As a teenager, I made up stories. I had a favorite story about a girl name Sylvia. Every night when I went to bed, I started at the beginning and let the scenes play out in my head. All these years later, I could write the opening scenes of that story easily. But there was one problem….I always fell asleep…oh…around chapter three or so.
And that’s what my readers will do if I don’t plan ahead. Okay, I know there are plotters and pantsters. Plotters are the ones who plan everything out ahead of time, and pantsters write “by the seat of their pants”. There is no right way or wrong way. I’ve done it both ways and am still not sure what my natural inclination is. But I have found that plotting seems to work better with my limited writing time.
When I do have an hour or two to write, I’ve found that I need to have a very detailed plot in place so I can get started quickly. With my last wip, I had over 70 scene ideas when I started writing, but then I discovered that either I had mapped out the external thread of the story or the internal for some scenes but hadn’t fully developed both areas. And that bogged me down when I sat down to write.
By internal and external threads, I mean, "What needs to happen in this scene?" Sometimes my paragraph for a scene might be two or three sentences that focus on the internal. For other scenes they might focus on the external....so when I start to write the scene, I have to think about the one I didn't flesh out. And I discovered I really needed that information ahead of time. I can get discouraged and/or bogged down if it takes thirty minutes to work out the logistics of a scene and I only have an hour to write. For instance, let’s say I have a scene ¾ of the way through the book where the hero finds out that the heroine is a crook and a swindler. Sounds pretty good, huh? So I sit down to write my scene, and I’m a loss. What are the “stage props”? Where are they? Whose POV is the scene in? Is it cold, hot, raining? Is it day or night? Are there secondary characters in the scene. Thinking this out ahead of time helps jumpstart my writing.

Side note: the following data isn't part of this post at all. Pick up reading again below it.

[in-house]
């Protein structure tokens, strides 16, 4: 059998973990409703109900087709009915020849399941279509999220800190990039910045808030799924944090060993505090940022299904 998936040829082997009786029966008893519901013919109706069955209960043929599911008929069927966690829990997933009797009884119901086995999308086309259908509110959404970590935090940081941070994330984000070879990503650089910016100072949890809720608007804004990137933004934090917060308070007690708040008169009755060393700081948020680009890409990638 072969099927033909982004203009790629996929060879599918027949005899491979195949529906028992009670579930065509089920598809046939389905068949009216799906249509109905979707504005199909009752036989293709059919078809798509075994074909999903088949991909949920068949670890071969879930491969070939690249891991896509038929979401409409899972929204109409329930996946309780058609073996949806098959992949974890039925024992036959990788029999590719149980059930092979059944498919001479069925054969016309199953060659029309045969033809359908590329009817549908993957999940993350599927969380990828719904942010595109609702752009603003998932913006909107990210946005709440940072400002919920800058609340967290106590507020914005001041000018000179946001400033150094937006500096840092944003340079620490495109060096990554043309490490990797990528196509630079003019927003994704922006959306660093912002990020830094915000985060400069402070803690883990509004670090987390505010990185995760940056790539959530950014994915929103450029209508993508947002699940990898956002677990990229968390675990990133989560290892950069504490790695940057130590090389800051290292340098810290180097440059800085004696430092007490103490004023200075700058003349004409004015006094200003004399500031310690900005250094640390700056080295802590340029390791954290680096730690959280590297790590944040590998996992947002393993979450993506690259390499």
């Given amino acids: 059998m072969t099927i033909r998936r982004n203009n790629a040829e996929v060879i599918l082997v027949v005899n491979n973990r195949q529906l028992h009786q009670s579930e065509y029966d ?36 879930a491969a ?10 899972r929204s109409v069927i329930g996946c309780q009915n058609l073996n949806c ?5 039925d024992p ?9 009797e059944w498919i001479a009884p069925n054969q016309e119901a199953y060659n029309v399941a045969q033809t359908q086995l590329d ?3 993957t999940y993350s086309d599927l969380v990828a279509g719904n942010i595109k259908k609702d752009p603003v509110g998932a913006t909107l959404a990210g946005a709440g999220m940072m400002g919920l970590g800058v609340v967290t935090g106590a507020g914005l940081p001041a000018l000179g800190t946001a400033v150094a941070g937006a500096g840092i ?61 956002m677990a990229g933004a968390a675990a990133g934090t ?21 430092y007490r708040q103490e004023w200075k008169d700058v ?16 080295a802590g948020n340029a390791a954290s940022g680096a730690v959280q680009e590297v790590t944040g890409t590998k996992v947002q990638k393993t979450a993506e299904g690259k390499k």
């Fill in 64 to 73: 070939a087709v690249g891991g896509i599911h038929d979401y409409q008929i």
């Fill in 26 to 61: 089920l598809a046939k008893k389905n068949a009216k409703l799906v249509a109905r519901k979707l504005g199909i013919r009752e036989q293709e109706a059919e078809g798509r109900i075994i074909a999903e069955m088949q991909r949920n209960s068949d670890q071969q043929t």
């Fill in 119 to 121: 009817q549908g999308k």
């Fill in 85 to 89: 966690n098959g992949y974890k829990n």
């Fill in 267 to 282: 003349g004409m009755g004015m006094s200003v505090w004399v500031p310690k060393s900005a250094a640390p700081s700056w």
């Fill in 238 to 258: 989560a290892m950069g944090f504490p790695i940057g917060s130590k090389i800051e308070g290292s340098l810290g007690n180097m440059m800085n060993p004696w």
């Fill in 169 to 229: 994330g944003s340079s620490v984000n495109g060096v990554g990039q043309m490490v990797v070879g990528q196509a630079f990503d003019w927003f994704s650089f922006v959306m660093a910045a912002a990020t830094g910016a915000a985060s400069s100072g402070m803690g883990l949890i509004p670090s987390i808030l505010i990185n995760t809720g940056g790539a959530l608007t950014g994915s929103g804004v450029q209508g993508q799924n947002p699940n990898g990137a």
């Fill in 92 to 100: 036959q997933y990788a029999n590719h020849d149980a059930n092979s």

In a plot driven scene, the external "stage props" are key, so I would develop that first, then develop the internal to go with it. But in the above scene, the internal thread is what will move the story forward (and in this case, drive a wedge between the hero & heroine). I could just as easily set the scene in a bank, a restaurant, or in a hotel lobby....or anywhere, I guess. What I'm saying is that their physical location isn’t as important in this scene as what they're thinking and saying. I would go so far to say that in a character driven book, the backbone of most scenes will be the internal thread, and in an action adventure, the external thread the most critical. Not that the other isn’t important, but one has to lead.
So, I’m making a concerted effort to plot more deeply, to know where my scenes are going ahead of time, internally and externally. Hopefully, I’ll be able to churn out twice as many words when I do have time to write.
I’d love to hear other people’s methods for writing smarter….not harder!